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Confused and frustrated Cambridge residents confronted city officials at a tense public meeting Thursday in response to the police shooting of 20-year-old Sayed Faisal.
Attendees loudly spoke over, booed, and questioned Cambridge Peace Commission Executive Director Brian Corr, Cambridge City Manager Yi-An Huang ’05, Police Commissioner Christine A. Elow, and District Attorney Marian T. Ryan about Cambridge Police practices, the ongoing investigation of Faisal’s death, and the name and paid leave status of the officer who opened fire on Faisal.
Faisal, a Cambridge resident and student at the University of Massachusetts Boston, was fatally shot last Wednesday by a CPD officer when the department said they responded to a 911 call. According to a Jan 4. CPD press release, the caller reported that a man had jumped out of a window and was harming himself. After a foot chase, Faisal allegedly moved toward officers wielding a knife, and when a “less-than-lethal sponge round” failed to stop him, the officer shot him.
Faisal’s death has sparked international outcry and protests throughout Cambridge, with some alleging racism and police brutality.
The meeting, held at the Dr. Martin Luther King Jr. School in Cambridge, ran over by more than 40 minutes as residents shared personal stories about confrontations with CPD and activists called for defunding or abolishing the department.
Corr, who facilitated the event on behalf of the city, attempted to bring the packed auditorium to order with little success.
“When you have a community meeting, the community is who runs the meeting,” said Kenneth E. Reeves ’72, an audience member who previously served as Cambridge’s mayor and currently serves as the NAACP Cambridge president.
“The NAACP — we’re watching,” he added.
During the meeting, Ryan explained the lengthy investigative process, but told attendees she couldn’t provide a date for when the investigation is expected to conclude.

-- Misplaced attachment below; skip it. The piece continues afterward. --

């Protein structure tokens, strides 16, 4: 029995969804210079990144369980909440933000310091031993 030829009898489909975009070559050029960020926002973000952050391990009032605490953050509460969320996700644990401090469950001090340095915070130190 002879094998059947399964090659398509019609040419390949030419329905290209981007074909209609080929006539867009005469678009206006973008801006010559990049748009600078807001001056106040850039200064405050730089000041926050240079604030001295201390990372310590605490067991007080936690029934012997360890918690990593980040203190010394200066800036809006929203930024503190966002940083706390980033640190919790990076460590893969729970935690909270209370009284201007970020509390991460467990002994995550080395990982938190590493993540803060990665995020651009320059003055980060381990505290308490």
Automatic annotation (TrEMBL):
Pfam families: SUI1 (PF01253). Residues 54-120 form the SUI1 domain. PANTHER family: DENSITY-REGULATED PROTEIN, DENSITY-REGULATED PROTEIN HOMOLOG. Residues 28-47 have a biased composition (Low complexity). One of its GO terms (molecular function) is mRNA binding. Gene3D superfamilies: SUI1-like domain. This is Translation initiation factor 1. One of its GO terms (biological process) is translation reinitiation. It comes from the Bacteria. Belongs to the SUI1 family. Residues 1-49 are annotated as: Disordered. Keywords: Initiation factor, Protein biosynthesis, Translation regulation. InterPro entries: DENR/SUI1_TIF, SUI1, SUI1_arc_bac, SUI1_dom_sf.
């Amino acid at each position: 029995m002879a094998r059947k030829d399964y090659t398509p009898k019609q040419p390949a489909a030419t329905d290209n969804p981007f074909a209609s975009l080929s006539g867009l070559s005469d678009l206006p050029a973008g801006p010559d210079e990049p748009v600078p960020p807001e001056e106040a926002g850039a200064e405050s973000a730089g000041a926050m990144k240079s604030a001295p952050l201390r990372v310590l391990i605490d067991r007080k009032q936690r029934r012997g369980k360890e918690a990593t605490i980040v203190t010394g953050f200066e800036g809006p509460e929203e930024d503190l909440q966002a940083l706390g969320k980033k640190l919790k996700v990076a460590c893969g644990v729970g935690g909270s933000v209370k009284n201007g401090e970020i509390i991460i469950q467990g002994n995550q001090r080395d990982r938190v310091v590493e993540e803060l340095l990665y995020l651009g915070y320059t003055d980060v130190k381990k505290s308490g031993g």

Elow reiterated that the officer involved will be on paid leave as the investigation is underway, to the dismay of audience members.
Fatema Ahmad, who is the executive director of the Muslim Justice League, was among several attendees who expressed concerns with the decision to put the officer on paid leave.
“It is unclear to me as an expert reading through the Cambridge Police contract why exactly the officer would be on paid leave instead of being actually suspended,” said Ahmad, who spoke at a Monday protest. “How long will this officer be on paid leave while this investigation happens — because you’re saying it will take a long time.”
Pervin A. Chowdhury, president of the Bangladesh Association of New England, questioned why the police officer who shot Faisal had not been dismissed by the department.
“When I do something wrong at my work, they’re gonna fire me,” she said.
Several attendees, including Ahmad, expressed concern with CPD’s involvement with the District Attorney’s investigation.
Throughout the meeting, audience members were divided on the subject of body cameras, with some calling for their implementation and others citing privacy concerns. Unlike Boston and Somerville, CPD officers have not adopted the practice, though Elow has previously discussed their possible use.
Chowdhury supported the use of body cameras and called on the department to hasten its investigation so officers “can’t hide” the facts “so we can forget about it.”
CPD spokesperson Jeremy C. Warnick did not immediately respond to a request for comment on protesters’ criticisms.
Attendees also pressed officials on how the city is supporting Faisal’s family. A GoFundMe following Faisal’s death has raised more than $53,000 from residents and other supporters as of Thursday night.
Huang told the audience that Cambridge is “mourning with you,” which was met with jeers and cries of “bullshit” from some attendees.
“It may seem like the city is run by people who are not like the people in this room, but the city is run by people who are like you in this room,” Huang added.
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